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Enhanced turbulence and energy dissipation at ocean fronts
D'Asaro, E.; Lee, C.; Rainville, L.; Harcourt, R.; Thomas, L.N. (2011). Enhanced turbulence and energy dissipation at ocean fronts. Science (Wash.) 332(6027): 318-322
In: Science (Washington). American Association for the Advancement of Science: New York, N.Y. ISSN 0036-8075, more
Peer reviewed article  

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  • D'Asaro, E.
  • Lee, C.
  • Rainville, L.
  • Harcourt, R.
  • Thomas, L.N.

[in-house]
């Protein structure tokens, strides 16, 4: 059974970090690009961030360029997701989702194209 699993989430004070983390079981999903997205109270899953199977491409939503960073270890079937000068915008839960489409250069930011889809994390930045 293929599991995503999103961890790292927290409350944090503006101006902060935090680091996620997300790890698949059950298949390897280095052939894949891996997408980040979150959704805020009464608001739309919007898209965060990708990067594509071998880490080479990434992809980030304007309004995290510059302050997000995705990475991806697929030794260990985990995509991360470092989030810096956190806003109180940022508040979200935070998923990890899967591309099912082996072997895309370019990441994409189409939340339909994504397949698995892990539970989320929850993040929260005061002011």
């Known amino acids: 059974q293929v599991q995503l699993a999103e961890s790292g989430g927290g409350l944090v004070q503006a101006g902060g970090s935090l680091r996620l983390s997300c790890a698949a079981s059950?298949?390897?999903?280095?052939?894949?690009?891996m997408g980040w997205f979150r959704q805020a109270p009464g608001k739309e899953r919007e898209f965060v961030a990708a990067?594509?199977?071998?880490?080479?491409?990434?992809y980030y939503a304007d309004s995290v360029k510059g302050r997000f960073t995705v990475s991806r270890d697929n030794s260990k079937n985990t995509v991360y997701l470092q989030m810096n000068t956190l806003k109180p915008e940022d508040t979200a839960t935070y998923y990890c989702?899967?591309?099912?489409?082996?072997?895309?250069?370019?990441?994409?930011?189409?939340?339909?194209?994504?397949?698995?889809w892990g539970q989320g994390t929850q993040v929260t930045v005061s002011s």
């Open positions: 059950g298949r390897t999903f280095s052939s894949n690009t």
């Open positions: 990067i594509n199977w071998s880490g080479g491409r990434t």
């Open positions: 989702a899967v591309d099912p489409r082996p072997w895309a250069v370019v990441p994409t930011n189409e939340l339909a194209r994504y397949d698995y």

The ocean surface boundary layer mediates air-sea exchange. In the classical paradigm and in current climate models, its turbulence is driven by atmospheric forcing. Observations at a 1-kilometer-wide front within the Kuroshio Current indicate that the rate of energy dissipation within the boundary layer is enhanced by one to for the turbulence. The data quantitatively support the hypothesis that winds aligned with the frontal velocity catalyzed a release of energy from the front to the turbulence. The resulting boundary layer is stratified in contrast to the classically well-mixed layer. These effects will be strongest at the intense fronts found in the Kuroshio Current, the Gulf Stream, and the Antarctic Circumpolar Current, all of which are key players in the climate system.

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